“Anything at this point, starting with the garden and anything that comes in now, as far as the neighbors are concerned is an improvement,” Washington said. “We’re excited that money is going to be poured into the area, and we’re excited that we’re gonna have something besides the trains to look at.”
One thing community members hope to see is more street trees and flowers - specifically tulips which Washington and her neighbors have claimed as Mantua’s signature flower.
Neighbors also want to see visual representation of Mantua’s history through murals, sculptures and interpretive signage. Years ago a mural of Mantua residents’ spanned the Spring Garden Street bridge.
“That mural that was up on the Spring Garden bridge was very special because those were actual people who lived in Mantua, and so when it was taken down, it created a lot of concern amongst residents, so they want to see those panels resurrected,” said Donna Griffin, a community engagement consultant for LISC.
Spiral Q Puppet Theater has many of those panels, and Mural Arts has committed to recreating the ones that are missing.
Mantua Greenway partners will also work on creating gateway signage that welcomes people into the neighborhood and depicts Mantua’s rich history and culture.
“For the people who live and are from Mantua they have a really strong sense of culture and history, and so we always involve residents in the “We Are Mantua!” work, and there’s always something that recognizes the culture of the community or the history,” Griffin said. “Mantua residents wouldn’t have it any other way.”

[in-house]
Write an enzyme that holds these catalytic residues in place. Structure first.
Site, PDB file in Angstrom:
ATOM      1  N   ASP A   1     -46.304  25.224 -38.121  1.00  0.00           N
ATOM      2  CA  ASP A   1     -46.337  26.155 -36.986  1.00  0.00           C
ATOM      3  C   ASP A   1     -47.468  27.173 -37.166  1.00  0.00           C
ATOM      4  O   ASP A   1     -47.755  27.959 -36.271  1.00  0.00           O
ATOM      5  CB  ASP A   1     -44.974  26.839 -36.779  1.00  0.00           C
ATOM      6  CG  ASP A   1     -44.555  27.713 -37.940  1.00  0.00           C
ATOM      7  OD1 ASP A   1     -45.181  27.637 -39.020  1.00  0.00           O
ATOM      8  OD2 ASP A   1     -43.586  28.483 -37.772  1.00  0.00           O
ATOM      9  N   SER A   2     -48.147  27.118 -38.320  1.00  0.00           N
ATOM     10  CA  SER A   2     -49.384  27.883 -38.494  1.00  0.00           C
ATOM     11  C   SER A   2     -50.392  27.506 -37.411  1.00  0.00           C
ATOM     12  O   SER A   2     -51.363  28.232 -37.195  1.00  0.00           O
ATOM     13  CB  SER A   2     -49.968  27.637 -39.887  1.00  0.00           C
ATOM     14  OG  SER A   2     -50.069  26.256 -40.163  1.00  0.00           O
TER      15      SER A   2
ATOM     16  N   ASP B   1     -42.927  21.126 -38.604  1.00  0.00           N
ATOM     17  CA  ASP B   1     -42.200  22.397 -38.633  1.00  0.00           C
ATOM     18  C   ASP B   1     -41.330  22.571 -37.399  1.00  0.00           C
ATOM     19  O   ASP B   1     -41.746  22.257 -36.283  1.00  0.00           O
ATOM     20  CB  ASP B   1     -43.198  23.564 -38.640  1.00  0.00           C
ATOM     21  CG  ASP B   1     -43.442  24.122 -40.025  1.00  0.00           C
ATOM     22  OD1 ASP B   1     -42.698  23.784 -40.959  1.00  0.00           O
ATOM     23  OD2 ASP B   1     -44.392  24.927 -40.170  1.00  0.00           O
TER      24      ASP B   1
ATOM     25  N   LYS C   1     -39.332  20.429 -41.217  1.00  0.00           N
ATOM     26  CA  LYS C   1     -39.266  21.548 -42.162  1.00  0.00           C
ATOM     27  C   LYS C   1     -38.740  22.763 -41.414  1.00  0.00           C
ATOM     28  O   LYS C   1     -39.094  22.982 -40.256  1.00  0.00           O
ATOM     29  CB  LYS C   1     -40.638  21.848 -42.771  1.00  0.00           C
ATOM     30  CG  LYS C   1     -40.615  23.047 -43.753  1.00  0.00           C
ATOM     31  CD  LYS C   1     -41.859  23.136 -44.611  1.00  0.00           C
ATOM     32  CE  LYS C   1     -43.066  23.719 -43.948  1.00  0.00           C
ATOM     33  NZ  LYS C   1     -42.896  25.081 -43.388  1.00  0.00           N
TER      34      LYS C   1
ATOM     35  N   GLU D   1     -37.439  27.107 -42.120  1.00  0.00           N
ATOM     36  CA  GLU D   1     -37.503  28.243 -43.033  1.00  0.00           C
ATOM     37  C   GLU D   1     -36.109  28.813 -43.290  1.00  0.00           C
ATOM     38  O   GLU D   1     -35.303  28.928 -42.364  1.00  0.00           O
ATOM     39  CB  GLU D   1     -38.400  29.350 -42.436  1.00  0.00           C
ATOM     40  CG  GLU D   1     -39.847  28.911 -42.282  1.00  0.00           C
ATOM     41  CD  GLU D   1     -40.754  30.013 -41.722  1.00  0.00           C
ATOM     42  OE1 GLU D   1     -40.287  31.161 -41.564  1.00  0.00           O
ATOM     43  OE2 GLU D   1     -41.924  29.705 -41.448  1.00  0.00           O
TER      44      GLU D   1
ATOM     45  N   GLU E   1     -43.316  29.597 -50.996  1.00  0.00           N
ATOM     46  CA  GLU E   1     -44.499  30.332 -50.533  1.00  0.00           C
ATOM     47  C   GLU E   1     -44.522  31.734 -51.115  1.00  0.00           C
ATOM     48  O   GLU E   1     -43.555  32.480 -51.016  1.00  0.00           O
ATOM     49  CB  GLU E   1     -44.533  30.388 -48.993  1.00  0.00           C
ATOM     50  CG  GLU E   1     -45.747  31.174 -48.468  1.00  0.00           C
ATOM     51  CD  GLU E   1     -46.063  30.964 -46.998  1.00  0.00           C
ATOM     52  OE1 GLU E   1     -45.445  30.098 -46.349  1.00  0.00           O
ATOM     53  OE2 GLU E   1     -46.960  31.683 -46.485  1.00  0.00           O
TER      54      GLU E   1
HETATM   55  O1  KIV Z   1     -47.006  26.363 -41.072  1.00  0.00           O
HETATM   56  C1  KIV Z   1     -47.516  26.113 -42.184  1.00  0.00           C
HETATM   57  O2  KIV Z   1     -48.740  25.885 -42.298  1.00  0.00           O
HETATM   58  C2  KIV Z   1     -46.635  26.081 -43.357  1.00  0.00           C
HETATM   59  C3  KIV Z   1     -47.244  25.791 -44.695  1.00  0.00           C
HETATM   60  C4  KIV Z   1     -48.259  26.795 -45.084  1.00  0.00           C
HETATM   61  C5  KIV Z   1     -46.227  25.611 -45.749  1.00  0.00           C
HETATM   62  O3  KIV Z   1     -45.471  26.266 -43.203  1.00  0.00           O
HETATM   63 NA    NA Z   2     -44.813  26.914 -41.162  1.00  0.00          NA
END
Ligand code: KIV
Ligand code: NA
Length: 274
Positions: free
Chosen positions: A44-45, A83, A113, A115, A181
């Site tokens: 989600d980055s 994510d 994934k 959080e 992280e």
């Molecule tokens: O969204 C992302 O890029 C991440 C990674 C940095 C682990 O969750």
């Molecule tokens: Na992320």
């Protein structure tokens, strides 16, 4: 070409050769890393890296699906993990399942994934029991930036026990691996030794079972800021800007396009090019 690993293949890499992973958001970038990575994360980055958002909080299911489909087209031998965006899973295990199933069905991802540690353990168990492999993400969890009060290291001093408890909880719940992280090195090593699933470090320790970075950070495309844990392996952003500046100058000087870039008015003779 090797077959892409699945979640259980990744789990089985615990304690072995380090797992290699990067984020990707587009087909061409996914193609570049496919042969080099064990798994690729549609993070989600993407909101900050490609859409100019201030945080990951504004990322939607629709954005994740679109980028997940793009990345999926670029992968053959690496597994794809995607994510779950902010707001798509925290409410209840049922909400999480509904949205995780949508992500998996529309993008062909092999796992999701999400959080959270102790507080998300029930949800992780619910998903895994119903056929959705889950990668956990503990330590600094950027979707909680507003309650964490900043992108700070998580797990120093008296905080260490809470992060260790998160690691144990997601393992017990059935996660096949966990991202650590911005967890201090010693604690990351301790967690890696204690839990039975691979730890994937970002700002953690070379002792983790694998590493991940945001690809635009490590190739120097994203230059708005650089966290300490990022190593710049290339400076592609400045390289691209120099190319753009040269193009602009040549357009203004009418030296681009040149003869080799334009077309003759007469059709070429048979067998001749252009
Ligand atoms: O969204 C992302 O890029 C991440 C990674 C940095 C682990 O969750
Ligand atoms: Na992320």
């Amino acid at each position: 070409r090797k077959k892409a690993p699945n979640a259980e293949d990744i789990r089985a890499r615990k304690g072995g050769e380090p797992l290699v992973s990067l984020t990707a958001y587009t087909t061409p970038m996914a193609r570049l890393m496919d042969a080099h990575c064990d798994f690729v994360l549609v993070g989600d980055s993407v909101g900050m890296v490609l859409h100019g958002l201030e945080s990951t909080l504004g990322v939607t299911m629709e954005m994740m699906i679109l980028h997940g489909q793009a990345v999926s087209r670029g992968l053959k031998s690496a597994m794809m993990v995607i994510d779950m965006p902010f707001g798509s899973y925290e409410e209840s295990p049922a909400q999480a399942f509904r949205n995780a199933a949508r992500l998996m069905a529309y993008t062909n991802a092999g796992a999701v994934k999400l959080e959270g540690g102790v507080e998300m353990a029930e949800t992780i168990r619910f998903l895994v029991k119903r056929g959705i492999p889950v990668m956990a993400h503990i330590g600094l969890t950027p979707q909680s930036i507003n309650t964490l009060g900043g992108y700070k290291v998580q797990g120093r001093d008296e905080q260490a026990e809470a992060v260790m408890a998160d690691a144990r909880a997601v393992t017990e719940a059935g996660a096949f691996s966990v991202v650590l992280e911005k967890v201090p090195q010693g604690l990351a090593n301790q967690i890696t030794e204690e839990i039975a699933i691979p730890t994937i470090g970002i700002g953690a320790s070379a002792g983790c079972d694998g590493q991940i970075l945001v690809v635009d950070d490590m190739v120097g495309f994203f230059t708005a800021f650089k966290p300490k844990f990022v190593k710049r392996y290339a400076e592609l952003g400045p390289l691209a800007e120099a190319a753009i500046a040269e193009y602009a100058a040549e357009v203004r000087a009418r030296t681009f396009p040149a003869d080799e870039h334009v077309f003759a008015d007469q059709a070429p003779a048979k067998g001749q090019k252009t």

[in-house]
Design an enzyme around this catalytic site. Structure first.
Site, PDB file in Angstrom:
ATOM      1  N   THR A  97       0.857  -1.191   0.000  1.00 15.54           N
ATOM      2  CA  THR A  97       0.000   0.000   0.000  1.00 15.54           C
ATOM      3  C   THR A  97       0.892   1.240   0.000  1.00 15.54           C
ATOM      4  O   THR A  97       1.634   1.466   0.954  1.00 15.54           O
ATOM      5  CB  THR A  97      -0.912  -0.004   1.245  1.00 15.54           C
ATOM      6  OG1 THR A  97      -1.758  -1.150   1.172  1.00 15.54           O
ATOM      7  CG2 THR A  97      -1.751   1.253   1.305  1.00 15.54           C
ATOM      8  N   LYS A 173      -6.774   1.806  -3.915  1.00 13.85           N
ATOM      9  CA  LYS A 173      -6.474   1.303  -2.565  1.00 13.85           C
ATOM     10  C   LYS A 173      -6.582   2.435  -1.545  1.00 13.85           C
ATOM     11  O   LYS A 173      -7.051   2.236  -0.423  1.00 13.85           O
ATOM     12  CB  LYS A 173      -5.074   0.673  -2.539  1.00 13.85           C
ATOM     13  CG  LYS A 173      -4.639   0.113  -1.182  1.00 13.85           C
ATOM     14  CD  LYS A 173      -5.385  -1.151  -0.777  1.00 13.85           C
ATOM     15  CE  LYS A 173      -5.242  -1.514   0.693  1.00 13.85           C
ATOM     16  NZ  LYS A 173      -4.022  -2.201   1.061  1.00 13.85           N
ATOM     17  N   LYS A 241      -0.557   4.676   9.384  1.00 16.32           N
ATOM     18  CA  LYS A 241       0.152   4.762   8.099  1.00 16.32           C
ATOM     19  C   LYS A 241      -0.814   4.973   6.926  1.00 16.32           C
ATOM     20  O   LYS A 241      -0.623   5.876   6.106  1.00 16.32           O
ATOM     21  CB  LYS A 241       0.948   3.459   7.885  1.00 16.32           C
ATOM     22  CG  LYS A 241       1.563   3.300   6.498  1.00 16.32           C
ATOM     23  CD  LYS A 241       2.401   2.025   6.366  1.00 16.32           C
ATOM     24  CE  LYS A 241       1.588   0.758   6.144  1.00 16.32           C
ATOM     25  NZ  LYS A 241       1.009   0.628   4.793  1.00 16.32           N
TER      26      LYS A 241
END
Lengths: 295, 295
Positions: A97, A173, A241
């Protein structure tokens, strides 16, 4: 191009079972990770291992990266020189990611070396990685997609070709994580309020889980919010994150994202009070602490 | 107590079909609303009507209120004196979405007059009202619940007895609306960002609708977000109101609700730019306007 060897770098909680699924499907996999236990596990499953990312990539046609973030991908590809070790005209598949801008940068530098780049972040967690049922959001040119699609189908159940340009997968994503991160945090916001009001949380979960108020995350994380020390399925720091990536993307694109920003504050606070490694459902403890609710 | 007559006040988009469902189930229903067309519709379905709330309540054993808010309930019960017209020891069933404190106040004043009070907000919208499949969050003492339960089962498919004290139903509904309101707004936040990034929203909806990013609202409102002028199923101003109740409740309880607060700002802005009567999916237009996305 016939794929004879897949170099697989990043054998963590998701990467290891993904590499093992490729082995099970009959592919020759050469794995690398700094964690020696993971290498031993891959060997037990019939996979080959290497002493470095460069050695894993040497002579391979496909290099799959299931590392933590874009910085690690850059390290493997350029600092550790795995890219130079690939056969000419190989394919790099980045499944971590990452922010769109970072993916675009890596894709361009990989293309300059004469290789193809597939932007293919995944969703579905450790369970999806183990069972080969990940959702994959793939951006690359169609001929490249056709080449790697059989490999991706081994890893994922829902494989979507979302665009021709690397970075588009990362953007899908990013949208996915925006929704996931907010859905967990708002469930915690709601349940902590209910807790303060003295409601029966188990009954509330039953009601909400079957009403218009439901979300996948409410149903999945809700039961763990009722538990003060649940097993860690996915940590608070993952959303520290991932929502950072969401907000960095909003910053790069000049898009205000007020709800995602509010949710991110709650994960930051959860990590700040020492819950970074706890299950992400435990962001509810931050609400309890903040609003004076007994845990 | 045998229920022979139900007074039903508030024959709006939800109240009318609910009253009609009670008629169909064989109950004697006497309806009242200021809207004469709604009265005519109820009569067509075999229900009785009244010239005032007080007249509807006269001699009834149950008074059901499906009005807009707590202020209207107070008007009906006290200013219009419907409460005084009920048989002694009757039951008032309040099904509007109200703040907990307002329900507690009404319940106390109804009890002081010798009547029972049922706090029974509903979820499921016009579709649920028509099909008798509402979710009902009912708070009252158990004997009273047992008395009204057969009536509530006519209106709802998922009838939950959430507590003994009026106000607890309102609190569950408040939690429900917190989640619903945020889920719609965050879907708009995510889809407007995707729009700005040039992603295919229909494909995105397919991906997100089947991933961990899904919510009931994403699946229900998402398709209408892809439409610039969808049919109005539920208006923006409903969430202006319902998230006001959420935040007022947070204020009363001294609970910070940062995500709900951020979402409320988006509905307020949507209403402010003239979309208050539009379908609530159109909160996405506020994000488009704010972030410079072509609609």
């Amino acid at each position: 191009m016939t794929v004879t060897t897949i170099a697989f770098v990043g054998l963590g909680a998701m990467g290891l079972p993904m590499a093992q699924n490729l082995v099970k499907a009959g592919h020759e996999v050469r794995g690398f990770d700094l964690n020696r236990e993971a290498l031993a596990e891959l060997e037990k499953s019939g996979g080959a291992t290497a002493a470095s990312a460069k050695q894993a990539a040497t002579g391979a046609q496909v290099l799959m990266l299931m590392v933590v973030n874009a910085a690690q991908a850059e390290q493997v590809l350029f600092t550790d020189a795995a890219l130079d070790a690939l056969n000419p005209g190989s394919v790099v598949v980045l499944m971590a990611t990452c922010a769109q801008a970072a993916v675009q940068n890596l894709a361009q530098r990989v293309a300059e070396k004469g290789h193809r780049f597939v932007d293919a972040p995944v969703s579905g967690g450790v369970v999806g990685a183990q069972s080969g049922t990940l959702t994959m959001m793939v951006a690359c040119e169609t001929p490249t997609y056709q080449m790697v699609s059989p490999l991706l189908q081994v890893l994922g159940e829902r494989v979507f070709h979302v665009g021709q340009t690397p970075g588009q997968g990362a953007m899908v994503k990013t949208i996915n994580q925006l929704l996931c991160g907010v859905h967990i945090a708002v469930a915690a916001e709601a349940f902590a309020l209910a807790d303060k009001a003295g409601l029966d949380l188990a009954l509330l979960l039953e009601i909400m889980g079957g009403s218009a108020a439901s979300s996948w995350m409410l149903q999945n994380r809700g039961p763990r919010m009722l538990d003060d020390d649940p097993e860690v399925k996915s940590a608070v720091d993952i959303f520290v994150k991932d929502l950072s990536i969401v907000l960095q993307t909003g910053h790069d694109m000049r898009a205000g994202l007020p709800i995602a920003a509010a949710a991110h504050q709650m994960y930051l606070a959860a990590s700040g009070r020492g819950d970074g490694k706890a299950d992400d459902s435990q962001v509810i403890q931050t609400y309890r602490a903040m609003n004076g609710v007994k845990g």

While the project will take years, LISC and NPS are committed to taking early action steps - like developing the signage - to make it clear that the Mantua Greenway is still advancing.
“Long term it’s likely to take more than five years to get all the funding and fully go through all the phases, but I think some tangible work will be underway in the next couple years,” Ferris said.
This week the project team will submit an application to DCNR for funding that they hope to use for design and engineering work. So far the response from the City, especially the Philadelphia City Planning Commission, and local nonprofits has been positive, Ferris said.
“We think ultimately, as identified in the plan, this project will impact the abundance of vacant land that exists on the northern side of Mantua,” Griffin said. “It’s challenging. There’s quite a bit of vacant land there, so at some point we’re hoping that it really spurs positive and well thought out development.”
Well thought out is key.
“Our focus is we want to work with the community and not have developers or the city move in front of the community or without [the community],” Ferris said. “The community is very concerned with development and displacement and affordability, so as we attract new resources… [we are] being mindful of existing struggles and needs and trying to support folks so they don’t get displaced.”
From 2012-2014 Christine covered transportation, writing about everything from pedestrian concerns to bicycle infrastructure, bridges, trail networks, public transit and more. Her favorite assignments sent her bushwhacking through Philadelphia’s yet-to-be-cleared bike trails, catching a glimpse of SEPTA’s inner workings or pounding the pavement to find out what pedestrians really think. Christine also covered community news for Eyes on the Street, where her work ranged from food sovereignty to public art and urban greening. She first joined PlanPhilly in fall 2011 as an intern through a partnership with Temple University’s Philadelphia Neighborhoods website.